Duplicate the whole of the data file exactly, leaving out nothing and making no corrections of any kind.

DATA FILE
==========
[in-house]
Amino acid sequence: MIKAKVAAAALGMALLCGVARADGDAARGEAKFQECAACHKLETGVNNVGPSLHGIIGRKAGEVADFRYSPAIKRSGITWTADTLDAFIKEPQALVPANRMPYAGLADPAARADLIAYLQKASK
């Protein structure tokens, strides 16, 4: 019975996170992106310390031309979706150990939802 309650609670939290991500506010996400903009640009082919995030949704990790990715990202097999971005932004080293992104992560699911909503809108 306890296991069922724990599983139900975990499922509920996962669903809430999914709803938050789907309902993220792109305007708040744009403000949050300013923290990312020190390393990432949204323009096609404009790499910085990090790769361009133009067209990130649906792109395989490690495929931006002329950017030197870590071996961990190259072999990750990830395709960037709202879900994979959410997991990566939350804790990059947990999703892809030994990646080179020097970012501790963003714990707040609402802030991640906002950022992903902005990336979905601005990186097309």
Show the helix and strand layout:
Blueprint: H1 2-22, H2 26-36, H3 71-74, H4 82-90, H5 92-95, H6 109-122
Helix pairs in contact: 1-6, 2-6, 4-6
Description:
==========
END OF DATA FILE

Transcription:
[in-house]
Amino acid sequence: MIKAKVAAAALGMALLCGVARADGDAARGEAKFQECAACHKLETGVNNVGPSLHGIIGRKAGEVADFRYSPAIKRSGITWTADTLDAFIKEPQALVPANRMPYAGLADPAARADLIAYLQKASK
């Protein structure tokens, strides 16, 4: 019975996170992106310390031309979706150990939802 309650609670939290991500506010996400903009640009082919995030949704990790990715990202097999971005932004080293992104992560699911909503809108 306890296991069922724990599983139900975990499922509920996962669903809430999914709803938050789907309902993220792109305007708040744009403000949050300013923290990312020190390393990432949204323009096609404009790499910085990090790769361009133009067209990130649906792109395989490690495929931006002329950017030197870590071996961990190259072999990750990830395709960037709202879900994979959410997991990566939350804790990059947990999703892809030994990646080179020097970012501790963003714990707040609402802030991640906002950022992903902005990336979905601005990186097309």
Show the helix and strand layout:
Blueprint: H1 2-22, H2 26-36, H3 71-74, H4 82-90, H5 92-95, H6 109-122
Helix pairs in contact: 1-6, 2-6, 4-6
Description: